Does anyone know more about this program, say, from first hand experience? It seems almost too good - if you know what I mean. I know the starting pay is real low :thumbdown: compared to the private sector, but do you think the benefits make up for it (the insurance benefits look top notch).

Aside from the AF, does anyone know any other programs of this nature that pay for school? Links??

Wow, I feel like a recruiter. I'm not trying to be. I just thought this was kinda interesting and wondered if anybody could share any info.

It seems like the deadline for this year is past though :thumbdown: so I don't know if I'll even be able to entertain this option - I e-mailed them for confirmation or clarification on this. I'll share that info if anyone is interested.

Any responses are sincerely appreciated.

All the best,
skp :D[/QUOTE]

Hello skp,
my husband is active duty Air Force and as a dependent, I've encountered many members of the healthcare profession through the years. I became pretty good friends with the pharmacist at our last base--great person. He did exactly what you described above. If my memory serves me right, he attended a pharmacy school in Arizona. He now owes the Air Force a one to one (meaning 1 year owed per every year of schooling). He entered the Air Force as a Captain and also receives "pro" pay (professional) ontop of his base salary. It does sounds like a good deal, but there are it's down sides as well. For instance, you don't know where you will be stationed and have to fulfill your obligation. If you don't mind going overseas for a few years to locations such as Japan, Germany, Italy, Korea etc then great. Also, if you are married with or without kids, you need to consider them as well. When I got married my husband had to report to Misawa Air Base, Japan 3 days later. Sort of a culture shock at first, but overall a wonderful experience. Also, once you sign on that dotted line, you enter a different world. Uncle Sam has you for a few years (which is good for some and not so good for others). While you are at work you will have to participate in "Exercises" this is when you run around training for various situations (ie war, threats, etc) And depending on what level of alert you are simulating, it's not uncommon that you spend some time in a gas mask while working.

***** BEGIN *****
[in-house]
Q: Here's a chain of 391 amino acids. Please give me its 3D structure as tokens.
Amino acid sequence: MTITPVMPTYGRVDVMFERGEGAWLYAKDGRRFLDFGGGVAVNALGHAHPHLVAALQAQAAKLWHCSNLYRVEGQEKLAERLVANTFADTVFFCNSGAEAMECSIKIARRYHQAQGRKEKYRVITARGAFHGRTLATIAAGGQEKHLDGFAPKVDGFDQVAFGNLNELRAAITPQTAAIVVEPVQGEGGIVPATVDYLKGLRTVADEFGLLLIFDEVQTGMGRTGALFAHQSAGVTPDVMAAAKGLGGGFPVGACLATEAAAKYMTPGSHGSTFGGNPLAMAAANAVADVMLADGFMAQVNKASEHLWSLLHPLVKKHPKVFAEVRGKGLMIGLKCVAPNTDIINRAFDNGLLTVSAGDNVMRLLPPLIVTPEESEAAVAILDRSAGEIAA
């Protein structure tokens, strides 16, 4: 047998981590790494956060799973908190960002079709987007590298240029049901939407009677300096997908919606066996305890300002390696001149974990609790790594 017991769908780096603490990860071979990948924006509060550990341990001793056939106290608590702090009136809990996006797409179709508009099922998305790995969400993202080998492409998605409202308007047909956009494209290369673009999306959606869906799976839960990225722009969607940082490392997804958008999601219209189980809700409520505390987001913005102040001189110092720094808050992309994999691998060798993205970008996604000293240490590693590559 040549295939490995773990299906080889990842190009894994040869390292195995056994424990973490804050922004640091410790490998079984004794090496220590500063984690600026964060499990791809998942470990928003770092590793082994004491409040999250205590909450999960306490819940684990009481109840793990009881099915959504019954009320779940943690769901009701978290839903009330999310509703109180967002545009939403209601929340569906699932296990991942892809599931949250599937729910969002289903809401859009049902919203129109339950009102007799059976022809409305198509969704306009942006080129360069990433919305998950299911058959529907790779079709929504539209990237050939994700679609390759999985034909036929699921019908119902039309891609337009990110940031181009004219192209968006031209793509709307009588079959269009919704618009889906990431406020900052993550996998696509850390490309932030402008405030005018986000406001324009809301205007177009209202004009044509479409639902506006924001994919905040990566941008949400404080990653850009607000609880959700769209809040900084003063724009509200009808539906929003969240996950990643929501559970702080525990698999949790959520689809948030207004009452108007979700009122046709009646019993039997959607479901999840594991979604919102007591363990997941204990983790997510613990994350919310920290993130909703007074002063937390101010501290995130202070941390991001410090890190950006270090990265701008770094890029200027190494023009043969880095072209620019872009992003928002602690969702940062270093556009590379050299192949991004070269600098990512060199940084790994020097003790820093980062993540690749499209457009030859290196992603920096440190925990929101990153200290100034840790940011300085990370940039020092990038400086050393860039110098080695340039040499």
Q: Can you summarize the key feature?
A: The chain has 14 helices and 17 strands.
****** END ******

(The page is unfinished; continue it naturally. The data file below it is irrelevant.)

When you receive the information that you requested, please pass it along. I'm very curious. Take care and good luck!
Asor
 

adventurer

Member
10+ Year Member
5+ Year Member
Dec 19, 2004
68
0
Status
I am an active duty vet and currently in the National Guard. I plan to apply for the HPSP for the air force, but when I last called the Health Proffesional (Air Force) recruiter, in Oct, the Air Force was only offering a two year scholarship for Pharmacy School, so you would apply durring your second year. They also offer the Health Professional Loan repayment program, which you get after you graduate, and pays something comparable (like $100 K).

Durring the time you are on HPSP, you are non deployable, and recieve your college expenses plus a stipend. You have to complete "45 days" training durring the summer (in Pharmacy-like a rotation), and then complete Officer Basic before going to your unit. There is a "one for one" committment, but everyone who joins the military has an initial obligation of 8 years (perhaps 3 on active duty, 5 in the inactive ready reserves or 4 x 4) After your initial contract is up (say 3 years) you are still able to be called up for the rest of the time, even though you are "out" of the military and pursuing your civilian job.

I love the military, and plan to pursue this, but my boyfriend is very supportive, and also an active duty vet. I love to travel, love knowing how to get promoted, love the opportunities available to military personel, love working with soldiers, and feel that I can deal with any deployments that may come up. It is a great option if you realize that it isn't "free money" you are paying for it in other ways. Like any job, it has good points, and bad points, but some things are unique to military service.